Cement Truck Accidents
The extreme weight of a cement truck may cause serious harm to others when it is involved in a collision. These large trucks may collide with other vehicles on the road for a variety of reasons, especially driver error. Truck drivers who engage in careless conduct while operating their cement truck may be held legally responsible for the resulting harm. If you or someone close to you has been hurt in a cement truck accident, the attorneys at Katz, Friedman, Eagle, Eisenstein, Johnson & Bareck can help. We provide legal representation and guidance to accident victims and their families as they pursue personal injury claims for compensation. By investigating all of the causes of the accident and providing diligent advocacy in settlement and litigation, our Chicago truck accident lawyers have recovered damages for clients throughout Cook County and the surrounding areas.Bringing a Claim for Injuries Caused by a Cement Truck Accident
People hurt in an accident with a cement truck generally can secure damages from all at-fault parties after setting forth evidence that shows that negligence led to the accident. After investigating and gathering information that makes clear how the accident occurred, victims will use this documentation in support of their legal theory of liability. Injuries caused in a cement truck accident may be caused by the truck driver or the trucking company, and in some cases, a manufacturer of equipment may be at fault for improper design or unintended flaws in performance.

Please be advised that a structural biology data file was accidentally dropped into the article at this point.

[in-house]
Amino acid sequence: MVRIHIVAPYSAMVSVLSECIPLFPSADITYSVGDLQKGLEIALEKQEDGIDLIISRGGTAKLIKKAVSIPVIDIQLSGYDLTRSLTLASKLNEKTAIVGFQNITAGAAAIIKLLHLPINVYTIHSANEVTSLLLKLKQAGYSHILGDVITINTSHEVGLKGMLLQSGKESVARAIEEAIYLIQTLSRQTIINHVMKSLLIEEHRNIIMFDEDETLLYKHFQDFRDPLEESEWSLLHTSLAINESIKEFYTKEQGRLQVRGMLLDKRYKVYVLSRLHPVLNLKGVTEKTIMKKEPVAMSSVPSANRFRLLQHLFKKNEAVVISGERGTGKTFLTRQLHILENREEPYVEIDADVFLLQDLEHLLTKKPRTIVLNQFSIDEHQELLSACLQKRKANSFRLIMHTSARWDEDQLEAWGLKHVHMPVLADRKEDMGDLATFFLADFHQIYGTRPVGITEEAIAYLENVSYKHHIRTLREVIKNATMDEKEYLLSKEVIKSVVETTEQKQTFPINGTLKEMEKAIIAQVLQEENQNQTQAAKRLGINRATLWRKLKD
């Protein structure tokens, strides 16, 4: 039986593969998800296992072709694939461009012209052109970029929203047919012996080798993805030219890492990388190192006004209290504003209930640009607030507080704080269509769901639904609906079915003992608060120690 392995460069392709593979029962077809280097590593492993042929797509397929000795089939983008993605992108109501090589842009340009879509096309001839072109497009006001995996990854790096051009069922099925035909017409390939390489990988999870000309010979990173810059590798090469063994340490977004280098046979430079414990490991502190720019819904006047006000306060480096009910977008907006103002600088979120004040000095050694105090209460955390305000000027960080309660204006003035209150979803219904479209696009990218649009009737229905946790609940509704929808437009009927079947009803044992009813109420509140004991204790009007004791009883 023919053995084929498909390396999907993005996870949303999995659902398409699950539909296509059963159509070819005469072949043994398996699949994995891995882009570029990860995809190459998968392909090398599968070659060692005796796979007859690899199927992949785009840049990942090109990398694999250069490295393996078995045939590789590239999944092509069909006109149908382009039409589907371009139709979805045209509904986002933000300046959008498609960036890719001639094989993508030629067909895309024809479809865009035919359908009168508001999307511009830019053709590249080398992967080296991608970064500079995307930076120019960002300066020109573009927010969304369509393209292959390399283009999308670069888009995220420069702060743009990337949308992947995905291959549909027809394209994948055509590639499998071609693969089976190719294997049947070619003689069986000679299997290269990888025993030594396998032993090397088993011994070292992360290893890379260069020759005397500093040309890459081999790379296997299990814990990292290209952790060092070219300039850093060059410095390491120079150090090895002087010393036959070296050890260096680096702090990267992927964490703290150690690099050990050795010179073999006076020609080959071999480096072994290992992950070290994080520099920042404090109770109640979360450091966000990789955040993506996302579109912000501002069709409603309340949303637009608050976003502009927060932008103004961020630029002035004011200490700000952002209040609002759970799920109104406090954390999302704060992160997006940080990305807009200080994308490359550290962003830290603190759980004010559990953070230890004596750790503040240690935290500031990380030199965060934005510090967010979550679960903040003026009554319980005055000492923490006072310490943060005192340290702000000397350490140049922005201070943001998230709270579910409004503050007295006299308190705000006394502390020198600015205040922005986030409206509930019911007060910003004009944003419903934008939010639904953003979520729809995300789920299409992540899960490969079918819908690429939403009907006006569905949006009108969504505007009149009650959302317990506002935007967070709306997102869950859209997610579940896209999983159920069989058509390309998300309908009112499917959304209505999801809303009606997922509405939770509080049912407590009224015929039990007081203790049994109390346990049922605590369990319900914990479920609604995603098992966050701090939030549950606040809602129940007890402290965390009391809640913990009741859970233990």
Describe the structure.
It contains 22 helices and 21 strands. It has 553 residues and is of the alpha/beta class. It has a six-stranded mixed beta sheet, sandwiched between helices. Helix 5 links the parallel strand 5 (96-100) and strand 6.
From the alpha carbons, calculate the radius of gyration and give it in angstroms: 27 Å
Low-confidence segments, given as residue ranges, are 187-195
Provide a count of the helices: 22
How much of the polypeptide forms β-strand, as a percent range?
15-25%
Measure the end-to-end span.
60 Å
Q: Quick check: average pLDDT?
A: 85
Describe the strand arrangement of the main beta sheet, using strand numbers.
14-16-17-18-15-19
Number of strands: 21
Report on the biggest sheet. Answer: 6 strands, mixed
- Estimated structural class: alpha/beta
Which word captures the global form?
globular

The weight of cement mixer trucks, when fully loaded, may exceed 60,000 pounds. Maneuvering this massive vehicle requires training and skill, as well as regular maintenance inspections to ensure that the equipment is secured and working. If a driver or a trucking company was aware or should have been aware of a problem that was not addressed and eventually caused an accident, they may be held liable for the resulting harm.
Cement mixers carry liquid concrete, which shifts during turns and other driving maneuvers. Truck drivers must receive training in how to operate the vehicle when partially loaded, fully loaded, or empty. Drivers are expected to calculate the amount of water necessary to make slump, also known as concrete mixture. Delivering this mixture is a part of a driver’s duties, but often these drivers are rushing to meet their delivery deadlines. When a cement truck driver makes poor driving decisions, such as speeding or driving distractedly, their conduct may lead to catastrophic harm.
After demonstrating the fault of a truck driver for causing an accident, victims will present evidence of their damages. Both quantifiable costs and non-quantifiable costs, such as emotional pain and suffering, may be secured by a successful plaintiff in a personal injury lawsuit. Truck accident cases tend to result in higher damages than ordinary car accident claims, due to the weight of the truck and the serious nature of the injuries suffered by victims. Permanent disabilities and physical limitations are some of the tragic consequences that may stem from a truck accident. Victims may not be able to return to their former profession due to their injuries. In some cases, experts can help clearly indicate the impact of a physical disability on the victim’s full earning potential.Contact a Dedicated Chicago Lawyer to Protect Your Rights
Illinois law provides truck accident victims with the right to recover compensation from all at-fault parties after a collision. In some cases, this may be the truck driver or the cement company, as well as others that have contributed to the crash. At Katz, Friedman, Eagle, Eisenstein, Johnson & Bareck, our Chicago attorneys offer dedicated, personal attention to clients throughout the state. Our priority is leaving our clients financially secure with maximum compensation for harm resulting from an accident. Call (800) 444-1525 or complete our online form to schedule a free consultation with a tractor-trailer crash lawyer. We have a strong record of serving victims and their families in Aurora, Springfield, Rockford, Quincy, Champaign, and other communities in Sangamon, Cook, Winnebago, Kane, Champaign, and Adams Counties.